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Glove Procedure

PPE wen coking and cutting

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#1 Johan Moorman

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Posted 02 February 2018 - 09:53 AM

Glove Procedure

 

Gloves (Kevlar) are a compulsory part of the PPE when using and cleaning knife / blades that should be applied to tasks identified.  All gloves need to be fit for food use and have an appropriate symbol visible. Glove must be worn on the opposite hand not the hand holding the knife.  

 

It is essential that gloves be available in a range of sizes and lengths and that glove material is appropriate for use and has adequate flexibility and sensitivity to the task.  It is essential gloves are worn appropriately and any adverse reactions reported to Line Manager/Safety Representative, any defects  to gloves must be reported immediately and replaced.

Chain mail type glove remains mandatory for butchery tasks.

 

Cut resistant Kevlar gloves to be worn with Blue Disposable Vinyl Gloves as a cover. Kevlar gloves need to be sanitised and washed up to 95°C.  It is the responsibility of the user to ensure that gloves are in good repair and maintained correctly.  Separate gloves need to be used for the stated tasks above. Damaged gloves will be exchanged but it is the responsibility of the individual to inform their line manager so replacements are ordered.

 

Activities for Gloves

 

  • Raw vegetable, salad preparation etc.
  • Fish / shell live ( like oysters )  / meat preparation.
  • Slicing, baking, slicing, portioning
  • Front of house, cutting fruit, bread etc.
  • Handyman on specific tasks in kitchen area.
  • Knife sanitising using sanitising wipes.

 

Hand Hygiene

 

Whether or not gloves are worn, careful attention must always be paid to good hand hygiene and hand care.  The following points should be considered:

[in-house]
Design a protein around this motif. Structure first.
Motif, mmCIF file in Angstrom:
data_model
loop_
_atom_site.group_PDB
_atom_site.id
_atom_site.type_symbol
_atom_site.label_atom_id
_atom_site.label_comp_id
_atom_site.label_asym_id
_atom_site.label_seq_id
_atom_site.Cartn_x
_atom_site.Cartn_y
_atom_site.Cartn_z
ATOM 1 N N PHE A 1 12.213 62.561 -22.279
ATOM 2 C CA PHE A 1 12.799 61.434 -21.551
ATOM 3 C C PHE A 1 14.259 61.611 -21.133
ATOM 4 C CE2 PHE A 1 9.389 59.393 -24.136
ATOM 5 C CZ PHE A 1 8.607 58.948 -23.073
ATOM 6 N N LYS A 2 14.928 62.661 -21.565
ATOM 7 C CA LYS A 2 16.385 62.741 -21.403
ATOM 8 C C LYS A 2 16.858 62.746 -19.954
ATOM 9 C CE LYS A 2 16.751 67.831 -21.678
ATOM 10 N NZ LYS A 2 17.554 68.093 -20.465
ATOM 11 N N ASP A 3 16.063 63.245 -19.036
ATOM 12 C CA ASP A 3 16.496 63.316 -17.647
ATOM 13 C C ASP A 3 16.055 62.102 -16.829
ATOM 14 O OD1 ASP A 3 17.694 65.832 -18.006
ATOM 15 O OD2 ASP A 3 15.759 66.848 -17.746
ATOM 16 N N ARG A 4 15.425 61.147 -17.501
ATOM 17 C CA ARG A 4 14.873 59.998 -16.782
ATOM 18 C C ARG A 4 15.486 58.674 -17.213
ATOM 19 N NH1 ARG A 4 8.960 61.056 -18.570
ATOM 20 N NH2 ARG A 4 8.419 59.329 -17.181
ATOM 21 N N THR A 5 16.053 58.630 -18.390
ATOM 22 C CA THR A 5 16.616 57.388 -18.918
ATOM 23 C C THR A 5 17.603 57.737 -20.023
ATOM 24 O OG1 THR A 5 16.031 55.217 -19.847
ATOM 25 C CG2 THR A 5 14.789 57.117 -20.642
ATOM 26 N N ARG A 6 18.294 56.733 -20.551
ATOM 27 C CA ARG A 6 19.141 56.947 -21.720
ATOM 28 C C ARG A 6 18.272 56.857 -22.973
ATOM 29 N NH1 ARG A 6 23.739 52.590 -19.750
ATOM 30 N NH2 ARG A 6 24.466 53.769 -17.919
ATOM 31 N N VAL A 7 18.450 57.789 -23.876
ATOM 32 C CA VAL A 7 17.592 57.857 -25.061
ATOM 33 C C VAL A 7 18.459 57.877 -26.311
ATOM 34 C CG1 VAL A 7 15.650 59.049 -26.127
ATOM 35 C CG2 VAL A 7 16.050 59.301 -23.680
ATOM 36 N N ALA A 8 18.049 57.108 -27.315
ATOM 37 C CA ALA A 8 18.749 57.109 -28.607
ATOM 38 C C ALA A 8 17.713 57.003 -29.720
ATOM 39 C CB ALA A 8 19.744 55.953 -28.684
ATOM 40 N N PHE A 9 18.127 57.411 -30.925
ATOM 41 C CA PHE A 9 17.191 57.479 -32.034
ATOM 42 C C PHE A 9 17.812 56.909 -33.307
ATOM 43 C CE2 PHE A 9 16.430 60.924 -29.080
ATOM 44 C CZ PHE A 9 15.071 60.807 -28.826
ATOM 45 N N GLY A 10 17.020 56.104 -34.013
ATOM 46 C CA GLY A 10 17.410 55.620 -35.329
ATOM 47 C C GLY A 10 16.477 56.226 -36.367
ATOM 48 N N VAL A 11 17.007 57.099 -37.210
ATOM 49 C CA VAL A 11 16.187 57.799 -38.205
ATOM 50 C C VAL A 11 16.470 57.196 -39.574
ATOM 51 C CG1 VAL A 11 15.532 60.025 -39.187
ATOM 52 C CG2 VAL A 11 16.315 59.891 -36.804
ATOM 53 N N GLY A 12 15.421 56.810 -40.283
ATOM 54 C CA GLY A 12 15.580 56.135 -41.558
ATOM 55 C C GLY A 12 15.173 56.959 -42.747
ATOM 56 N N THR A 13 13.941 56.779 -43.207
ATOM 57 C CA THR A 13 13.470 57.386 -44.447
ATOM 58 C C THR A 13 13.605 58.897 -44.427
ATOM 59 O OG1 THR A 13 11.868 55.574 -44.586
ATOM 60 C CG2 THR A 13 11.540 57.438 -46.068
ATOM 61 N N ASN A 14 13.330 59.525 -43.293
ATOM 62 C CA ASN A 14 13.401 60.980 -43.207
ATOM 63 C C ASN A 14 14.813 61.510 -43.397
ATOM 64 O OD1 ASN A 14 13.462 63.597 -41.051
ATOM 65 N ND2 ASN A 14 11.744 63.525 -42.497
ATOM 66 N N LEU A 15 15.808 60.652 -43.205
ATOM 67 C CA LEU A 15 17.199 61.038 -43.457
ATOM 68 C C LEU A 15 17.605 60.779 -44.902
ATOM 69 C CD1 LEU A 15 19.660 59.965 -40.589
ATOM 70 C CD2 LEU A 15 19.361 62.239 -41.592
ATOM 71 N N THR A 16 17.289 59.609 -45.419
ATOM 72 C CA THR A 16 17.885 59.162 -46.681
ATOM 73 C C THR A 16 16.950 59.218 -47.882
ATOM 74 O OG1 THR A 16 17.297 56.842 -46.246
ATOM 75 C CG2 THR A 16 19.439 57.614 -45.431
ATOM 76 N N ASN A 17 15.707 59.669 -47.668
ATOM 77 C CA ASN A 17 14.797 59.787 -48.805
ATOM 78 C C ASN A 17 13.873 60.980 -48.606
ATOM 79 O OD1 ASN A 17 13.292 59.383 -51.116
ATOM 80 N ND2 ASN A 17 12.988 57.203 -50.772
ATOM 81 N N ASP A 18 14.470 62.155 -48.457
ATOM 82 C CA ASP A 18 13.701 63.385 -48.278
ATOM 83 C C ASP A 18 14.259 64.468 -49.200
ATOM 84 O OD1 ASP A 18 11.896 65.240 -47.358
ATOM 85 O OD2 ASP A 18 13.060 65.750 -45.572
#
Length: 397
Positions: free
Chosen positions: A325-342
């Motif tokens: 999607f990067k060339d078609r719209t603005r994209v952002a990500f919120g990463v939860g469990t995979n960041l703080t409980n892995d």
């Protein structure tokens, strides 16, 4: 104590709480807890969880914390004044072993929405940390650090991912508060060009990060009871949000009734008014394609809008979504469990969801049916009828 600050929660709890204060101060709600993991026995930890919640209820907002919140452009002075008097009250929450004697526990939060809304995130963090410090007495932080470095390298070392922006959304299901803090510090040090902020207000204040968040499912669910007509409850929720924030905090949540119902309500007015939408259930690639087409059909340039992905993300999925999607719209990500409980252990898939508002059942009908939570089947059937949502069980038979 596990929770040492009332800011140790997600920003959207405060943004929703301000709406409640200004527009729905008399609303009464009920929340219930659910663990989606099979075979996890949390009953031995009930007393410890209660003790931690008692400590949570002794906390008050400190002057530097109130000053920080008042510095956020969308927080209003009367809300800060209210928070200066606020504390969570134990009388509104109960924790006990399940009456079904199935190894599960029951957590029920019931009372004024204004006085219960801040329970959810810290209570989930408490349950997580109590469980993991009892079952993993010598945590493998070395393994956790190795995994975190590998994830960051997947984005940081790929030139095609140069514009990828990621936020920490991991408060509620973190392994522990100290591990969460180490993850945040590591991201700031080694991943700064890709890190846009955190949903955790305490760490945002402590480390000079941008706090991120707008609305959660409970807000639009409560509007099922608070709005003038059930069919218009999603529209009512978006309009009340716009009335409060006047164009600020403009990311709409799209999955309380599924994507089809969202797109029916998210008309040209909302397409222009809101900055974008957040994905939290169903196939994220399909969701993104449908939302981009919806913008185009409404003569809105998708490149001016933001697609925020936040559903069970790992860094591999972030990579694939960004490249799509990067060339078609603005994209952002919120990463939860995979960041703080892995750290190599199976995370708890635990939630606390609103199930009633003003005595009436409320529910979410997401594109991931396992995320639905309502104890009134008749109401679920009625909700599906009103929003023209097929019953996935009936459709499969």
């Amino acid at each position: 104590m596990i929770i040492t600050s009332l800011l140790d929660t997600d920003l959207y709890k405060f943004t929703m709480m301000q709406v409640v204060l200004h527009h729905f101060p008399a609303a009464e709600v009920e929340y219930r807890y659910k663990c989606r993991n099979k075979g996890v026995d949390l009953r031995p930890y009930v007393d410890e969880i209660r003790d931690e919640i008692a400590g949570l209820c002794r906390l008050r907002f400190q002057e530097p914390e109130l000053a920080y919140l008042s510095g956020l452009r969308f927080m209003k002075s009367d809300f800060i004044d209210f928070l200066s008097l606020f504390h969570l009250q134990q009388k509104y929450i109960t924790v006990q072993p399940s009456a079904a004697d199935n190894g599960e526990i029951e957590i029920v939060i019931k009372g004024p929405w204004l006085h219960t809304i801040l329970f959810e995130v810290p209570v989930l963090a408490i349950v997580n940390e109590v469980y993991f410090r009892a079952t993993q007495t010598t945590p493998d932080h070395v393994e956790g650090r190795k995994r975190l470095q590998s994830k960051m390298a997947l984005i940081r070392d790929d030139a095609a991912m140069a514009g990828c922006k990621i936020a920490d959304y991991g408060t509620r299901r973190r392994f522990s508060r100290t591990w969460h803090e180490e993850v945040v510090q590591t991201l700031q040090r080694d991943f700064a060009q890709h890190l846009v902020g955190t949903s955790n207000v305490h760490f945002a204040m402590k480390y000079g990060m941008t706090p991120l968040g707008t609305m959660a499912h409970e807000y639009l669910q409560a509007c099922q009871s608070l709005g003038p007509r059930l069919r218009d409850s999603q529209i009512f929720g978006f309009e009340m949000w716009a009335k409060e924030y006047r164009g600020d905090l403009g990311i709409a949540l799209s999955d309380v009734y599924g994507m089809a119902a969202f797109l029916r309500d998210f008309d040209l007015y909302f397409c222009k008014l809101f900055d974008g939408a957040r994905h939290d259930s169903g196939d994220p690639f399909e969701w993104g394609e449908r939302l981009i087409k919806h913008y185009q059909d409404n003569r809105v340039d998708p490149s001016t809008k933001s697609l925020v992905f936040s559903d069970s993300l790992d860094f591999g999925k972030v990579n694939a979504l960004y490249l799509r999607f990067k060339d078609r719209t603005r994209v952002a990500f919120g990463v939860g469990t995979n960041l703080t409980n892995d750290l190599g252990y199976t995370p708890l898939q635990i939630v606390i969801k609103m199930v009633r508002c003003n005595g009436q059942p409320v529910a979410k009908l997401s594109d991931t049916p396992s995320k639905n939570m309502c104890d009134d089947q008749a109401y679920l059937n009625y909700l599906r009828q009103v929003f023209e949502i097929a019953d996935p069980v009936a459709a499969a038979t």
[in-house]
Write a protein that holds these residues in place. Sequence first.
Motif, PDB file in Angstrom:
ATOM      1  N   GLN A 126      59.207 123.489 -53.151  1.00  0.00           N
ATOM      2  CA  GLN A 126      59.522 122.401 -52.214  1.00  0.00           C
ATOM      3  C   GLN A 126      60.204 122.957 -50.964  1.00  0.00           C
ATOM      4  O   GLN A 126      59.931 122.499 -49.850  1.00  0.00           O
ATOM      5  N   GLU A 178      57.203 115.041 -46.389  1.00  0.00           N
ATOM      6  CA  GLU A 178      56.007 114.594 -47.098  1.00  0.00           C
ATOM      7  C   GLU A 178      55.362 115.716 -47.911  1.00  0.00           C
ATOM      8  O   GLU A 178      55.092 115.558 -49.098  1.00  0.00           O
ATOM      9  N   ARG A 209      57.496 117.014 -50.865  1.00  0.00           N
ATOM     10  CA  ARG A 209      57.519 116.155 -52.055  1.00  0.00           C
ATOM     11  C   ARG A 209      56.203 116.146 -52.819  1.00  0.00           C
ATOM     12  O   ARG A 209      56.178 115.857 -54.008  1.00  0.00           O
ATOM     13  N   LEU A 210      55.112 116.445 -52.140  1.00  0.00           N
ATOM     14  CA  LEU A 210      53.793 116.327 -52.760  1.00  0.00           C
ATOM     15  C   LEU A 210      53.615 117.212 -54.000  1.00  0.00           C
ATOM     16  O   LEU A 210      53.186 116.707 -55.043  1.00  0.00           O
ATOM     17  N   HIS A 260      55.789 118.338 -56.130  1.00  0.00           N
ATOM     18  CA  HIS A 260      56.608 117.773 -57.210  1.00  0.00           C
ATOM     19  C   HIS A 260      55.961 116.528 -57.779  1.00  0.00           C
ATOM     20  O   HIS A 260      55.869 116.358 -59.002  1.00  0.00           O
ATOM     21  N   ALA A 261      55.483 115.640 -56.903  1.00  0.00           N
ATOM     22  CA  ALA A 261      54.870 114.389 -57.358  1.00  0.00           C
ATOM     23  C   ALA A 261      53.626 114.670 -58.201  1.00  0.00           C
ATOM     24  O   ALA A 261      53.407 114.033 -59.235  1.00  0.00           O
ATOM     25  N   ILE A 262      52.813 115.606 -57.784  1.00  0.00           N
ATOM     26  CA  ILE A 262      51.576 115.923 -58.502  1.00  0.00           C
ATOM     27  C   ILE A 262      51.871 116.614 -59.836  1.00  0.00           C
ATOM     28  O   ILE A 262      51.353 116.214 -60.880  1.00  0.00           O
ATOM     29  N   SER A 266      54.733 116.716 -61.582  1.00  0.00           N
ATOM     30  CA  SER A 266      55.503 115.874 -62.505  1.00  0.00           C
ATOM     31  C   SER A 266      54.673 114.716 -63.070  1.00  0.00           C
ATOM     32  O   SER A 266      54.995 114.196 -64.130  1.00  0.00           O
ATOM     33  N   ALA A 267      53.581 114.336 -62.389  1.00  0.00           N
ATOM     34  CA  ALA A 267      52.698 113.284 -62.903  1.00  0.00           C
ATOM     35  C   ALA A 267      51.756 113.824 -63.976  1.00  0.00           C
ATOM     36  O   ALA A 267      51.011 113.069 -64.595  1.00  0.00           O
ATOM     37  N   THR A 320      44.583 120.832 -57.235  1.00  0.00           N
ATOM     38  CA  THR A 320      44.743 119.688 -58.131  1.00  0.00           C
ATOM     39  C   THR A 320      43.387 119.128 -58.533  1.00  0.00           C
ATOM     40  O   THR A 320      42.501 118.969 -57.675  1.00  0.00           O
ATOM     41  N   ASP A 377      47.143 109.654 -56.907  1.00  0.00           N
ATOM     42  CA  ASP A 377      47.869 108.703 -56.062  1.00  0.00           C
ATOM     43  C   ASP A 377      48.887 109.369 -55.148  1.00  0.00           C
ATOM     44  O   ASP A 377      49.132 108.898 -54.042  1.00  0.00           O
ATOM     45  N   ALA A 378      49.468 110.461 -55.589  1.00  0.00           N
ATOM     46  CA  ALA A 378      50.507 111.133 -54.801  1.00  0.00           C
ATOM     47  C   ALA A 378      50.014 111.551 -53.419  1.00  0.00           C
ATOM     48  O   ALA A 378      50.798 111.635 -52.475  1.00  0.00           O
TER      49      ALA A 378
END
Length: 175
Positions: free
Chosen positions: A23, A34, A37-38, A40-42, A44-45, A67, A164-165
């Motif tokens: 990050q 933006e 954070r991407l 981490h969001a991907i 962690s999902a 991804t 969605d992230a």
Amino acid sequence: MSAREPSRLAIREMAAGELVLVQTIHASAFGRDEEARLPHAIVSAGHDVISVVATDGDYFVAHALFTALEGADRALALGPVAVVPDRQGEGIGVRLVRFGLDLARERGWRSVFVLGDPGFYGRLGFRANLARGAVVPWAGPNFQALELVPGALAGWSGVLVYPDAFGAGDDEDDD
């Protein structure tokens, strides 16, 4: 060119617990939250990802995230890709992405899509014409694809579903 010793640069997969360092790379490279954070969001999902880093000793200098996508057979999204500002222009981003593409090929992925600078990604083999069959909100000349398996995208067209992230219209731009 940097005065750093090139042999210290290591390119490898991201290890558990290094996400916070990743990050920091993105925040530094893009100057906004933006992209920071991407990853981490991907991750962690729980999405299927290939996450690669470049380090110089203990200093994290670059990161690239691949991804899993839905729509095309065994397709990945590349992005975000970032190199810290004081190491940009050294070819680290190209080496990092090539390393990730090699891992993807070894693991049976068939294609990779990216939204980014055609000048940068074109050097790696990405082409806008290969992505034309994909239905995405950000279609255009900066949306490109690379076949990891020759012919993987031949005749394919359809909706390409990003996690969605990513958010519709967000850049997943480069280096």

• Glove wearing should never be considered to be a substitute for hand washing technique.
  • Hands should be checked carefully at the beginning of each shift to ensure there are no visible cuts, abrasions, cracks or any areas of broken skin.  Any cuts should be covered with a clean blue waterproof dressing.
  • Hands should be washed before and after any task with bacterial soap.
  • Hands should be washed before and after wearing gloves.
  • It is imperative to develop good hand-care, including the practice of rinsing and drying thoroughly after washing
Basic Do’s and Do Not:

 

  • Do use gloves appropriately.
  • Do change your gloves frequently - 10 to 15 minutes for vinyl gloves.
  • Do use food processing equipment / slicing equipment wherever possible.
  • Do take care when washing equipment / knives.
  • Do sanitise knives and equipment after use.
  • Do sanitise knives after storage.

 

  • DO NOT reuse disposable gloves.
  • DO NOT leave your gloves near heaters.
  • DO NOT store unopened boxes of gloves in a dirty environment.
  • DO NOT use hand conditioners under gloves.
  • Do NOT handle knives / blades if you have not been trained.
  • Do NOT use equipment with sharp blades, chopping devices unless fully trained to do so.
  • Do NOT leave knives or blades in sink or dishwasher unattended.

 

It should be remembered that gloves should never replace good hand washing techniques, as no gloves will provide protection from contamination.

 

here on top is the standard I like to share whit the wold, to  make it a better place for all of us.

 

Johan Moorman   safety and food engineer



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#2 Tony-C

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Posted 13 February 2018 - 04:26 AM

:welcome: 

 

Great first post Johan, I would also add some consideration to raw/cooked segregation, perhaps a different coloured disposable glove to match your colour coded equipment.

 

Kind regards,

 

Tony

 



#3 jenw91

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Posted 26 April 2021 - 01:16 PM

I may not get a reply to this due to it being 3ish years BUT...

 

In terms of chainmail gloves used for butchery, what it your procedure for washing them throughout the day/before breaks?

Do you use a detergent or handbrushes etc?

 

I work in a poultry cutting plant and have observed a gap in the procedure for this.



#4 Scampi

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Posted 26 April 2021 - 01:53 PM

Every poultry plant I've been in----they do not get more than a handwash throughout the production day.

 

These are incredibly expensive and most would not be willing to have duplicates on hand while others are getting a full clean/sanitize

 

Mid shift crub brushes are likely to create their own set of microbial soup throughout the day with bits of poultry stuck in/on them

 

I would stick with either just rinsing gross debris off, or using approved hand soap once the glove is on


Please stop referring to me as Sir/sirs





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